A big thing is also to say that women say they are bisexual just to attract hetero men. Yes, there is nothing more exciting than to be overly-sexualized by men. Our sexual identity surely revolved solely around them and what they think of us.  Another statement is that bisexuals are just confused about what they want. I may be confused about quantum physics but I am not confused about this.

Monogamy doesn’t exist

Probably the biggest myth about bisexuals is that we are unable to be in a monogamous relationship. We are promiscuous and neurotic. We are notoriously unfaithful, preferably want to date multiple people, or all the people at once, and if we are in a relationship we automatically would rather date a person from a gender our current partner is not. Being attracted to multiple genders also makes us greedy and somehow attracted to every single human being on the planet. For the people in the back: Being bisexual does not mean we want to date you. Just like straight or gay people, we are still only attracted to certain people. The only difference is that we are not limiting ourselves to one gender.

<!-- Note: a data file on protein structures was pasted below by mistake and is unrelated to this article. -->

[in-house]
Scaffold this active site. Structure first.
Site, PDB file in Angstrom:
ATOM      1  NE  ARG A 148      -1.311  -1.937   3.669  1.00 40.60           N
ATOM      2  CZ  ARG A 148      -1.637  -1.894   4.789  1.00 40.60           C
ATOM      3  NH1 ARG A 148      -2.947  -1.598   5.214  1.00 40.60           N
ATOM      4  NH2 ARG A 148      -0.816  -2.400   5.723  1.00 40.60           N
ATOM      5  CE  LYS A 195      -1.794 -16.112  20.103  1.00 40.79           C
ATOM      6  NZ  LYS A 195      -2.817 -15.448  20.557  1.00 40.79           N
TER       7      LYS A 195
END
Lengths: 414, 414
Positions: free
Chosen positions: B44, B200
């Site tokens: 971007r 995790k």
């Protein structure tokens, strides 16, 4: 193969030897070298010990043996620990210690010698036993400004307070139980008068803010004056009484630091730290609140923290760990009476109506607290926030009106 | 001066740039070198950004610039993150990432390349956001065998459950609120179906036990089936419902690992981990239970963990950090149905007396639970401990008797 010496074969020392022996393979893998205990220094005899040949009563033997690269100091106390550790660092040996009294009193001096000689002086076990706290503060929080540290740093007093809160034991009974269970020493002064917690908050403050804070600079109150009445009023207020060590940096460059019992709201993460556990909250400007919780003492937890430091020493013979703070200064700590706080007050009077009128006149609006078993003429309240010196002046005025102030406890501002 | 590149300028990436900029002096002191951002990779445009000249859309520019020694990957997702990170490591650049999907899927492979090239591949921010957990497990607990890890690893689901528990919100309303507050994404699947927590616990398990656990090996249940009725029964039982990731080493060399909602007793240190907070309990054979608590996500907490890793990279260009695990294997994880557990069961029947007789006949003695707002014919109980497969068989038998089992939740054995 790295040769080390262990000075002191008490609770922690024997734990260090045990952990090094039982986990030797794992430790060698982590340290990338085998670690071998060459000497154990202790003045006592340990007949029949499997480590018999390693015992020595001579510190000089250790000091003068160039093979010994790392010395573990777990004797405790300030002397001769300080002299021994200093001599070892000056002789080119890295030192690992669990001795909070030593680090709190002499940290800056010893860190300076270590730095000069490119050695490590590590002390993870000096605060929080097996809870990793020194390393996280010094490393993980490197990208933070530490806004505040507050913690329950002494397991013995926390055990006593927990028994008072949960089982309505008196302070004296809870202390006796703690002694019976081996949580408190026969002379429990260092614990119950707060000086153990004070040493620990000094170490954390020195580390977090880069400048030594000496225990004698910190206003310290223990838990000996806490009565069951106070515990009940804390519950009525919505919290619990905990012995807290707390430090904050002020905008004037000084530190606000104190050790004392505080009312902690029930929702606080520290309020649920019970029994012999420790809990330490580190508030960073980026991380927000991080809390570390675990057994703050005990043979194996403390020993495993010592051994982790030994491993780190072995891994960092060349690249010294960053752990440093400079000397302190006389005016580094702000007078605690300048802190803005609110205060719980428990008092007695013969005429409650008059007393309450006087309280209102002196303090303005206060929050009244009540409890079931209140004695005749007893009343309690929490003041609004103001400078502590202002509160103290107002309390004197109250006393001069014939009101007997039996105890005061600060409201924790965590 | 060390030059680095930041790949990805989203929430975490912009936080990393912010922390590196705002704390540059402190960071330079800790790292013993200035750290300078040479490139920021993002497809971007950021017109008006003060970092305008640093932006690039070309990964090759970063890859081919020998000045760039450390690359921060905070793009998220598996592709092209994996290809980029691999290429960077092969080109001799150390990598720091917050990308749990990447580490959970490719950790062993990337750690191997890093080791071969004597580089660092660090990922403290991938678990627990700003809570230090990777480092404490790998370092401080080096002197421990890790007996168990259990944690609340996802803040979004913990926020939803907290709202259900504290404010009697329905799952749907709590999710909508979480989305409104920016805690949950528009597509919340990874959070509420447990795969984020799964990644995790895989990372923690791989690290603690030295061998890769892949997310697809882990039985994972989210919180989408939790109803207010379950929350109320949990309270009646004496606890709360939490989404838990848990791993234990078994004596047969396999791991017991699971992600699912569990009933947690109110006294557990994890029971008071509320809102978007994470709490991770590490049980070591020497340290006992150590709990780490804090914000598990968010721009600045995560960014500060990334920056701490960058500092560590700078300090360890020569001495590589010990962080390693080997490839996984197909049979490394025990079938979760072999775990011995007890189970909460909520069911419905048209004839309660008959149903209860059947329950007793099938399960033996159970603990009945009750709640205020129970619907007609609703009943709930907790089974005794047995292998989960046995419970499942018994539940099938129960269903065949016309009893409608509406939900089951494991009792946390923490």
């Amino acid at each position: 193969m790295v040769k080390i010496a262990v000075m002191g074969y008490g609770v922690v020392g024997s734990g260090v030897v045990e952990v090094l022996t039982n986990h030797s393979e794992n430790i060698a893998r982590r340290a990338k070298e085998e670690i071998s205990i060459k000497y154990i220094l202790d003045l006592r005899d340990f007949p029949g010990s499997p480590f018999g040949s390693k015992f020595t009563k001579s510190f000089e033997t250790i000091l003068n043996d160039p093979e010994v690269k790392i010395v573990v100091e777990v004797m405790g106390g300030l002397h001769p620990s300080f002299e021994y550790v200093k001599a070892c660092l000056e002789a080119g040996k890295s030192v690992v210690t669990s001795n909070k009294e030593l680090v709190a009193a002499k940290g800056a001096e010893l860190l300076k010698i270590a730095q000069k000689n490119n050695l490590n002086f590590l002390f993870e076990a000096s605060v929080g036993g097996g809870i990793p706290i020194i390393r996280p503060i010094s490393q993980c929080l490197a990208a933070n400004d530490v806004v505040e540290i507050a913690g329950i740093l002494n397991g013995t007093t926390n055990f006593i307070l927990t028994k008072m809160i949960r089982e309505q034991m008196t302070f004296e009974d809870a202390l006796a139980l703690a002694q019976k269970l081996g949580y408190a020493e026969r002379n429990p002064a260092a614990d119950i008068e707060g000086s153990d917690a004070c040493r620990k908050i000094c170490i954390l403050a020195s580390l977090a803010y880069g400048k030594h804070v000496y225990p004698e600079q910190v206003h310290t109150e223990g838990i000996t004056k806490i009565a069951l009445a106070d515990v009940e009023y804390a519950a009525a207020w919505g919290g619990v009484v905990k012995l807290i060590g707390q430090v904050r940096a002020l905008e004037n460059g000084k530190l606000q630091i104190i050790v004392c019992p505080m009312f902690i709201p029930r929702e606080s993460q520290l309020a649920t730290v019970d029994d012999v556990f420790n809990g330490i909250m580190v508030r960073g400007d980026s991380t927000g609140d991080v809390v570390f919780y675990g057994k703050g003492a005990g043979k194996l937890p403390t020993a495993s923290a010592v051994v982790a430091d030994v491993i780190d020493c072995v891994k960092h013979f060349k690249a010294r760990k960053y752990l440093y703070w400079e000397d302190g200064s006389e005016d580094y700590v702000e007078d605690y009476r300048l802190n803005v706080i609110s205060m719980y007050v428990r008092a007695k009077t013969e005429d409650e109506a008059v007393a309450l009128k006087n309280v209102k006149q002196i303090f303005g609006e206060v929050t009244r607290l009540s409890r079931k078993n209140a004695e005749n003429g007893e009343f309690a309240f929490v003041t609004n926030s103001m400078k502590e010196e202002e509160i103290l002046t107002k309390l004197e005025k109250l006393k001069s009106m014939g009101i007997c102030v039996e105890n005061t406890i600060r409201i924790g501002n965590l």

The Unicorn myth

I never expected to one day not like unicorns anymore. But the amount of times straight couples are looking for their “unicorn” because they want to spice things up and go on an “adventure” together is crazy. I am assuming the cliche that bisexuals are always happy and eager to be part of a straight couple’s threesome goes back to myth number three. Sneaky, greedy bisexuals not being satisfied with only one partner.

It’s a 50/50 “distribution”

I saw this really cool post a while ago that said: “If you put blue and red together it makes purple. Purple is not referred to as half red—half blue though because it is, on its own, a color. Some shades are much more blue or much more red, but they’re still called purple.”